Provided by: slapd_2.4.28-1.1ubuntu4_amd64 bug

NAME

       slapo-accesslog - Access Logging overlay to slapd

SYNOPSIS

       /etc/ldap/slapd.conf

DESCRIPTION

       The  Access Logging overlay can be used to record all accesses to a given backend database
       on another database. This allows all of the activity on a given database  to  be  reviewed
       using  arbitrary  LDAP  queries,  instead  of  just  logging  to  local  flat  text files.
       Configuration options are available for selecting a subset of operation types to log,  and
       to  automatically  prune  older  log  records  from the logging database.  Log records are
       stored with audit schema (see below) to assure their readability whether viewed as LDIF or
       in raw form.

CONFIGURATION

       These  slapd.conf  options  apply to the Access Logging overlay.  They should appear after
       the overlay directive.

       logdb <suffix>
              Specify the suffix of a database to be used  for  storing  the  log  records.   The
              specified  database  must  be  defined  elsewhere in the configuration.  The access
              controls on the log database should prevent general access. The suffix entry of the
              log database will be created automatically by this overlay. The log entries will be
              generated as the immediate children of the suffix entry.

       logops <operations>
              Specify which types of operations to log. The valid operation  types  are  abandon,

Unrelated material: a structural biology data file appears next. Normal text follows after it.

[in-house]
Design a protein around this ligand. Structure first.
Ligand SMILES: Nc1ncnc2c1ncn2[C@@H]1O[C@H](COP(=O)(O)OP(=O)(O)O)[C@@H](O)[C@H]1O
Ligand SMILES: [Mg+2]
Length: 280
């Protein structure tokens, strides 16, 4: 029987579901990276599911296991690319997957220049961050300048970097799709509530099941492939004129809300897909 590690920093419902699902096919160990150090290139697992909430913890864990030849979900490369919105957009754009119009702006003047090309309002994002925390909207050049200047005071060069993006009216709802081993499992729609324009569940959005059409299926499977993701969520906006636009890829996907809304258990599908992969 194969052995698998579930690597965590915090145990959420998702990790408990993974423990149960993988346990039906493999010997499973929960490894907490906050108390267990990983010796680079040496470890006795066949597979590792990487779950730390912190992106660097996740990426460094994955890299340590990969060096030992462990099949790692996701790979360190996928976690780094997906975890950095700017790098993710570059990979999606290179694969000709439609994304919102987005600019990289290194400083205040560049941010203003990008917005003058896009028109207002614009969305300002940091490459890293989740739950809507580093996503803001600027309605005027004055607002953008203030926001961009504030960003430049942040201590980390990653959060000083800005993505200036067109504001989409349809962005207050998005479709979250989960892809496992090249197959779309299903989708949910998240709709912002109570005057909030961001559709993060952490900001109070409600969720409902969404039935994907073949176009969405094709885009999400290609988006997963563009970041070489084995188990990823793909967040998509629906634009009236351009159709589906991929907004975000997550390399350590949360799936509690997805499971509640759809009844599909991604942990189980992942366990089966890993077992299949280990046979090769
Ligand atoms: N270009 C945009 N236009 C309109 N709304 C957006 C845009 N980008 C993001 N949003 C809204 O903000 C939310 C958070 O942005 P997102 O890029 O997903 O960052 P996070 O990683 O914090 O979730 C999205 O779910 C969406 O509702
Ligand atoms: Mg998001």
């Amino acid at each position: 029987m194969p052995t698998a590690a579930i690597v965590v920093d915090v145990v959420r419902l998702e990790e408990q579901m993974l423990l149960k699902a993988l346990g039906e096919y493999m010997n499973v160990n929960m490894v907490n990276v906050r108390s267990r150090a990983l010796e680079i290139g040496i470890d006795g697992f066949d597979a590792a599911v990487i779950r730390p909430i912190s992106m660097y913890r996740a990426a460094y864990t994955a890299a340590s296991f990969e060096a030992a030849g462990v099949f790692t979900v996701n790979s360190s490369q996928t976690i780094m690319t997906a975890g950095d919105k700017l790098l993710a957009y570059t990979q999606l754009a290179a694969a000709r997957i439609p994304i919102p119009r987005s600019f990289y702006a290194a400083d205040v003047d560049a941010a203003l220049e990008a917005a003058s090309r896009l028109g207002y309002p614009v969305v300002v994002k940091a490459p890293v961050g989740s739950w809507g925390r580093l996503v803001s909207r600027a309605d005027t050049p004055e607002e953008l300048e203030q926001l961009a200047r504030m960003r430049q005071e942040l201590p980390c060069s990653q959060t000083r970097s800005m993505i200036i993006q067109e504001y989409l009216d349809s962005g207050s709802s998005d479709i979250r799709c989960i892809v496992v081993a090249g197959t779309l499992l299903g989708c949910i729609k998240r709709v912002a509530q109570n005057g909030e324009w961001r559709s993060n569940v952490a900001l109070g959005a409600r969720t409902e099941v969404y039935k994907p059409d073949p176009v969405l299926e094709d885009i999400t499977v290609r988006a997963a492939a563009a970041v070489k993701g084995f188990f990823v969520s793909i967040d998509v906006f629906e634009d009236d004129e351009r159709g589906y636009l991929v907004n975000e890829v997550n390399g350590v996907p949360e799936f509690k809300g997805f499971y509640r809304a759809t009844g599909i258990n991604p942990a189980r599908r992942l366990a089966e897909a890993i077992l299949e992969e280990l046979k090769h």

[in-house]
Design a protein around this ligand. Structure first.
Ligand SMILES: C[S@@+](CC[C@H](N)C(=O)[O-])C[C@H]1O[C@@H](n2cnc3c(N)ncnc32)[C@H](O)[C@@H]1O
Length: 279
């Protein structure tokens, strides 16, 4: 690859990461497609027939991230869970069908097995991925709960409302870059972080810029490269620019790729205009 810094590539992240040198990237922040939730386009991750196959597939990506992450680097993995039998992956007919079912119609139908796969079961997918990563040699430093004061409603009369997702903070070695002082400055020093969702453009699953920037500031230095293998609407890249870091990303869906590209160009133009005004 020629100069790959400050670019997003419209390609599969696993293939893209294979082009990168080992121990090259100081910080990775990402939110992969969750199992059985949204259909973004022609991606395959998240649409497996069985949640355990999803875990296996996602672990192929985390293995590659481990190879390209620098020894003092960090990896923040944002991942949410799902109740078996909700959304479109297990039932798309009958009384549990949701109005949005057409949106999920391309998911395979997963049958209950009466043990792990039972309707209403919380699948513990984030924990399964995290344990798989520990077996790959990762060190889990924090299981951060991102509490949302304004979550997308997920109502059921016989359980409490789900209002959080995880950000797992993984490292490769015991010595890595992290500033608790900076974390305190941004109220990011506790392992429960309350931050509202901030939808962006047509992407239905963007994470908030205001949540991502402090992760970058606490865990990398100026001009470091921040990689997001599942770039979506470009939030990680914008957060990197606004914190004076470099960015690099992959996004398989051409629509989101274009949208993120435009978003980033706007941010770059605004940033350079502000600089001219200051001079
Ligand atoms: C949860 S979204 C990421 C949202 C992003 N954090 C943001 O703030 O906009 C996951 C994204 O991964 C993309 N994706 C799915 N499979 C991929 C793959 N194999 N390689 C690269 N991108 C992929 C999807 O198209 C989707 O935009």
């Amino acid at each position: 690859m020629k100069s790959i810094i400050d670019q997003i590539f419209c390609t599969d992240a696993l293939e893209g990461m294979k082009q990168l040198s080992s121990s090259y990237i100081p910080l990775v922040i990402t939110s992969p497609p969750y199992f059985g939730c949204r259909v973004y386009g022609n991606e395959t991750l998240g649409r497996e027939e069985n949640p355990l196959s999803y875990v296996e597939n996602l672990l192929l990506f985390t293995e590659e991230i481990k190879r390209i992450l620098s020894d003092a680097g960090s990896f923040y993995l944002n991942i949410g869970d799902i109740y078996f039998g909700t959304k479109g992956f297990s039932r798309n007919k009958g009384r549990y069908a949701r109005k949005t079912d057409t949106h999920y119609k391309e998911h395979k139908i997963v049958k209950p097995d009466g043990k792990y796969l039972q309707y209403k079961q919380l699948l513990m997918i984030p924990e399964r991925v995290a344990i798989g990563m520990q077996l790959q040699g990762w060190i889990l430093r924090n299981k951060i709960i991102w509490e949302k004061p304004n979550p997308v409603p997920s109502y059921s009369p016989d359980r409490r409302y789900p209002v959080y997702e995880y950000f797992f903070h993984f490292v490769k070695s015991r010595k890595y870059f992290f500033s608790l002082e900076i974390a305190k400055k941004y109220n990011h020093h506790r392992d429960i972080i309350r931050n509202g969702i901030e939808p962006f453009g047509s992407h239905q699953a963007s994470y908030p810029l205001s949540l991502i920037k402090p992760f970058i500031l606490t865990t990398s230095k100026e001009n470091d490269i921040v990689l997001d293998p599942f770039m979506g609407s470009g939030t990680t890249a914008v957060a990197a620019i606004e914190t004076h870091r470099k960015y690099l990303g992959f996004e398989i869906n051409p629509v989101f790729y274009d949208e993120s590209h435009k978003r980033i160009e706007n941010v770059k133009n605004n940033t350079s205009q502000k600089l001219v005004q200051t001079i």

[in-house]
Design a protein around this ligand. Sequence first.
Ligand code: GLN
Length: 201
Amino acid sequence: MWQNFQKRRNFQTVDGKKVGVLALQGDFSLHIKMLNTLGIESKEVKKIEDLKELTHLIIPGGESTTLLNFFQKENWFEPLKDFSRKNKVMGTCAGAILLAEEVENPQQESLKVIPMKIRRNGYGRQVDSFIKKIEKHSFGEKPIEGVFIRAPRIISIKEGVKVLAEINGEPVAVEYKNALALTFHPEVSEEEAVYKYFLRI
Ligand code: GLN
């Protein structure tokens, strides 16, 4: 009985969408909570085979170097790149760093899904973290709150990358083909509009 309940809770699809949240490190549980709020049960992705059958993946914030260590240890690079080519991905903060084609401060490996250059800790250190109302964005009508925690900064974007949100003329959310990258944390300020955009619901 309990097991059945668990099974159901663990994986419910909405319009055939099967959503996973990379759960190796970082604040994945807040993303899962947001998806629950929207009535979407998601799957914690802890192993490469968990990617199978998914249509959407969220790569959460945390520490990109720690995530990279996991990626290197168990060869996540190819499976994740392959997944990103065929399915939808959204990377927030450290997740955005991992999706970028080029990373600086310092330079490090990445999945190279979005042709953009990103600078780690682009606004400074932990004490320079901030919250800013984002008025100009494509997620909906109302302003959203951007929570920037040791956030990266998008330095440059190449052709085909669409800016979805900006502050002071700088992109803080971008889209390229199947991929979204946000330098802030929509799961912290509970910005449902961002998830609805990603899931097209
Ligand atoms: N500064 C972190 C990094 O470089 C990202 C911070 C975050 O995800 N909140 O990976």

add,  bind,  compare, delete, extended, modify, modrdn, search, and unbind. Aliases
              for common sets of operations are also available:

              writes add, delete, modify, modrdn

              reads  compare, search

              session
                     abandon, bind, unbind

              all    all operations

       logbase <operations> <baseDN>
              Specify a set of operations that will only be logged if they occur under a specific
              subtree  of  the database. The operation types are as above for the logops setting,
              and delimited by a '|' character.

       logold <filter>
              Specify a filter for matching against Deleted and Modified entries.  If  the  entry
              matches  the  filter,  the  old contents of the entry will be logged along with the
              current request.

       logoldattr <attr> ...
              Specify a list of attributes whose old contents are always  logged  in  Modify  and
              ModRDN  requests.  Usually  only  the  contents  of  attributes  that were actually
              modified will be logged; by  default  no  old  attributes  are  logged  for  ModRDN
              requests.

       logpurge <age> <interval>
              Specify  the  maximum  age  for log entries to be retained in the database, and how
              often to scan the database for old entries. Both the age and interval are specified
              as  a  time  span  in  days,  hours,  minutes,  and  seconds.  The  time  format is
              [ddd+]hh:mm[:ss] i.e., the days and seconds components are optional but  hours  and
              minutes  are  required.  Except for days, which can be up to 5 digits, each numeric
              field must be exactly two digits. For example
                     logpurge 2+00:00 1+00:00
              would specify that the log database should be scanned every day  for  old  entries,
              and  entries  older than two days should be deleted. When using a log database that
              supports ordered indexing on generalizedTime attributes, specifying an eq index  on